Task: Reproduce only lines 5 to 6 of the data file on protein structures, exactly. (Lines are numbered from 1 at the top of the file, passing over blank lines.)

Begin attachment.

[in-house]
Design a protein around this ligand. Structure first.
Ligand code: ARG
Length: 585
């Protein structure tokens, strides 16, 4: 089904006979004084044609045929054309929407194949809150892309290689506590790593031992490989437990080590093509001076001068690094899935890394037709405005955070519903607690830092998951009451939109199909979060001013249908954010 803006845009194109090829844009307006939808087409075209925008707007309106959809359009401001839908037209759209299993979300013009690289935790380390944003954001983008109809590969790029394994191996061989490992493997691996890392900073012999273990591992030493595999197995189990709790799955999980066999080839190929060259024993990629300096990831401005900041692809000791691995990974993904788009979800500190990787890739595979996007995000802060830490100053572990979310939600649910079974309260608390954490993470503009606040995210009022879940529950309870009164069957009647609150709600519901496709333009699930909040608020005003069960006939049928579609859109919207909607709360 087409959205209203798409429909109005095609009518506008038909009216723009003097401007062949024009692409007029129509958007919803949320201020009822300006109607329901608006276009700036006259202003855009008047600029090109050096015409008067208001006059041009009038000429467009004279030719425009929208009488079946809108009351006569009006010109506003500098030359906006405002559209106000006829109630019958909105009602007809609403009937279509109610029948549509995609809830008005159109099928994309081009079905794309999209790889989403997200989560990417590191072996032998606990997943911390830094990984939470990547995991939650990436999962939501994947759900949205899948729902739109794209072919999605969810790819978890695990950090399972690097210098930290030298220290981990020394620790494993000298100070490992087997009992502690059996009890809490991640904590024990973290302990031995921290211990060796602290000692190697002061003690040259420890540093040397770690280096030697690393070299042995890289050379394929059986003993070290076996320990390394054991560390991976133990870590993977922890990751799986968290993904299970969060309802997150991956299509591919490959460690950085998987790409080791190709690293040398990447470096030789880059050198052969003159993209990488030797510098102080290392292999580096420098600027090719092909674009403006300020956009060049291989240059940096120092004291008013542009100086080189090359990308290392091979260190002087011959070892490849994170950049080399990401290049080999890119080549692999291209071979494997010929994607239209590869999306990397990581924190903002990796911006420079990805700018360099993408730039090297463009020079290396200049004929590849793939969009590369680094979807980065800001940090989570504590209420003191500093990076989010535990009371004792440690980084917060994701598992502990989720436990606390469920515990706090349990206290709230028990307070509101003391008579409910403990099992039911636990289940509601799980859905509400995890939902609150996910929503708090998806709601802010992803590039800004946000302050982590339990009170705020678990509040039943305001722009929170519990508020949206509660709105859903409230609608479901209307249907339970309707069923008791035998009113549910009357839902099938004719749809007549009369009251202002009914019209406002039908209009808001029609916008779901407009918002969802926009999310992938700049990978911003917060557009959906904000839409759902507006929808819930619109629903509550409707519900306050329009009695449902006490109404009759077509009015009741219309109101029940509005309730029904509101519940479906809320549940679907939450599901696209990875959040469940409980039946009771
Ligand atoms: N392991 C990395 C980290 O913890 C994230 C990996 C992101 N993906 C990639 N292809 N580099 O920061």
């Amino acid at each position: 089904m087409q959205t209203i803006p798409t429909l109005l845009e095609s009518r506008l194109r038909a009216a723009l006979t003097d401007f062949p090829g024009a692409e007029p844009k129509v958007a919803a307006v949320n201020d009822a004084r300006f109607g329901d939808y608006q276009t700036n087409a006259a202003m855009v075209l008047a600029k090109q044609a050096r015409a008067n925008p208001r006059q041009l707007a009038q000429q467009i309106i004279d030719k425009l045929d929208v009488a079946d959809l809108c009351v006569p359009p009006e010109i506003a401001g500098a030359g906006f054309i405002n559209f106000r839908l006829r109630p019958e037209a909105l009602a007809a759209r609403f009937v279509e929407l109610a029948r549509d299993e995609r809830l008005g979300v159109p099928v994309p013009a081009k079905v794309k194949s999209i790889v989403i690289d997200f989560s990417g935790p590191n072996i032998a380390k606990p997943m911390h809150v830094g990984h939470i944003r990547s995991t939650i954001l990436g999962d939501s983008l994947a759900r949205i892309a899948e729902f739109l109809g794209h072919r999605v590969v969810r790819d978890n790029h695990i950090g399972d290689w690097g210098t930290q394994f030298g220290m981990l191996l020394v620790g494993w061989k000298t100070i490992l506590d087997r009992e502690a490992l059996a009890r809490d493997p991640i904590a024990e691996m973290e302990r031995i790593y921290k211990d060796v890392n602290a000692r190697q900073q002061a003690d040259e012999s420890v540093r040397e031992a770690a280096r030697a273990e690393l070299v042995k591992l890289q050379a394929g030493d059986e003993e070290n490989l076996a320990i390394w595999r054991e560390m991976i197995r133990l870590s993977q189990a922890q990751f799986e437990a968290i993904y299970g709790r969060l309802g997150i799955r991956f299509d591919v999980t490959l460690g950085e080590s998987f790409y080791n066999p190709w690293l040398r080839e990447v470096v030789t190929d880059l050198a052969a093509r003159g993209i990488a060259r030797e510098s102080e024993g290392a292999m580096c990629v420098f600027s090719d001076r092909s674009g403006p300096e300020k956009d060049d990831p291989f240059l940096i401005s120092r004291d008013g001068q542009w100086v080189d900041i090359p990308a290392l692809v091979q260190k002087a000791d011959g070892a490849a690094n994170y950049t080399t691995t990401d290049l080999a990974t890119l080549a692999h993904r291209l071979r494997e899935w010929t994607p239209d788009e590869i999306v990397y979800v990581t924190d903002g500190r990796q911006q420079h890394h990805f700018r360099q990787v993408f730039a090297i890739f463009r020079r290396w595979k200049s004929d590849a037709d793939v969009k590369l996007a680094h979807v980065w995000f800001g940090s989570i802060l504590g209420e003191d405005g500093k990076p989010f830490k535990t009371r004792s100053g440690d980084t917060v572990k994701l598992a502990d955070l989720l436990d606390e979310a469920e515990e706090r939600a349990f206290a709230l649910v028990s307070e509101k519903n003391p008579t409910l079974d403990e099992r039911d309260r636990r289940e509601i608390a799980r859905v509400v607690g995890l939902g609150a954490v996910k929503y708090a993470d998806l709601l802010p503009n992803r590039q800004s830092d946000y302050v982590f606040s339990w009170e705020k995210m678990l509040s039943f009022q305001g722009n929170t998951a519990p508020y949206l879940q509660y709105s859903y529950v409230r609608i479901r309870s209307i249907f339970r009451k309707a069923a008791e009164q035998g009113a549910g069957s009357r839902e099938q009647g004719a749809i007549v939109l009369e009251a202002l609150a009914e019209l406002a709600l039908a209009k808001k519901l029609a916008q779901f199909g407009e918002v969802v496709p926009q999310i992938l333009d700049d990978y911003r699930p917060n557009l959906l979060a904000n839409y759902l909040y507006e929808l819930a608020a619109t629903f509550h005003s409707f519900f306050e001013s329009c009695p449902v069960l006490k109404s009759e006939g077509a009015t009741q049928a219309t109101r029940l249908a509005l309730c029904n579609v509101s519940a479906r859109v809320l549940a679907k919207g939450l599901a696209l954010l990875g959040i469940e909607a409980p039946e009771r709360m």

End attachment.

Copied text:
């Protein structure tokens, strides 16, 4: 089904006979004084044609045929054309929407194949809150892309290689506590790593031992490989437990080590093509001076001068690094899935890394037709405005955070519903607690830092998951009451939109199909979060001013249908954010 803006845009194109090829844009307006939808087409075209925008707007309106959809359009401001839908037209759209299993979300013009690289935790380390944003954001983008109809590969790029394994191996061989490992493997691996890392900073012999273990591992030493595999197995189990709790799955999980066999080839190929060259024993990629300096990831401005900041692809000791691995990974993904788009979800500190990787890739595979996007995000802060830490100053572990979310939600649910079974309260608390954490993470503009606040995210009022879940529950309870009164069957009647609150709600519901496709333009699930909040608020005003069960006939049928579609859109919207909607709360 087409959205209203798409429909109005095609009518506008038909009216723009003097401007062949024009692409007029129509958007919803949320201020009822300006109607329901608006276009700036006259202003855009008047600029090109050096015409008067208001006059041009009038000429467009004279030719425009929208009488079946809108009351006569009006010109506003500098030359906006405002559209106000006829109630019958909105009602007809609403009937279509109610029948549509995609809830008005159109099928994309081009079905794309999209790889989403997200989560990417590191072996032998606990997943911390830094990984939470990547995991939650990436999962939501994947759900949205899948729902739109794209072919999605969810790819978890695990950090399972690097210098930290030298220290981990020394620790494993000298100070490992087997009992502690059996009890809490991640904590024990973290302990031995921290211990060796602290000692190697002061003690040259420890540093040397770690280096030697690393070299042995890289050379394929059986003993070290076996320990390394054991560390991976133990870590993977922890990751799986968290993904299970969060309802997150991956299509591919490959460690950085998987790409080791190709690293040398990447470096030789880059050198052969003159993209990488030797510098102080290392292999580096420098600027090719092909674009403006300020956009060049291989240059940096120092004291008013542009100086080189090359990308290392091979260190002087011959070892490849994170950049080399990401290049080999890119080549692999291209071979494997010929994607239209590869999306990397990581924190903002990796911006420079990805700018360099993408730039090297463009020079290396200049004929590849793939969009590369680094979807980065800001940090989570504590209420003191500093990076989010535990009371004792440690980084917060994701598992502990989720436990606390469920515990706090349990206290709230028990307070509101003391008579409910403990099992039911636990289940509601799980859905509400995890939902609150996910929503708090998806709601802010992803590039800004946000302050982590339990009170705020678990509040039943305001722009929170519990508020949206509660709105859903409230609608479901209307249907339970309707069923008791035998009113549910009357839902099938004719749809007549009369009251202002009914019209406002039908209009808001029609916008779901407009918002969802926009999310992938700049990978911003917060557009959906904000839409759902507006929808819930619109629903509550409707519900306050329009009695449902006490109404009759077509009015009741219309109101029940509005309730029904509101519940479906809320549940679907939450599901696209990875959040469940409980039946009771
Ligand atoms: N392991 C990395 C980290 O913890 C994230 C990996 C992101 N993906 C990639 N292809 N580099 O920061």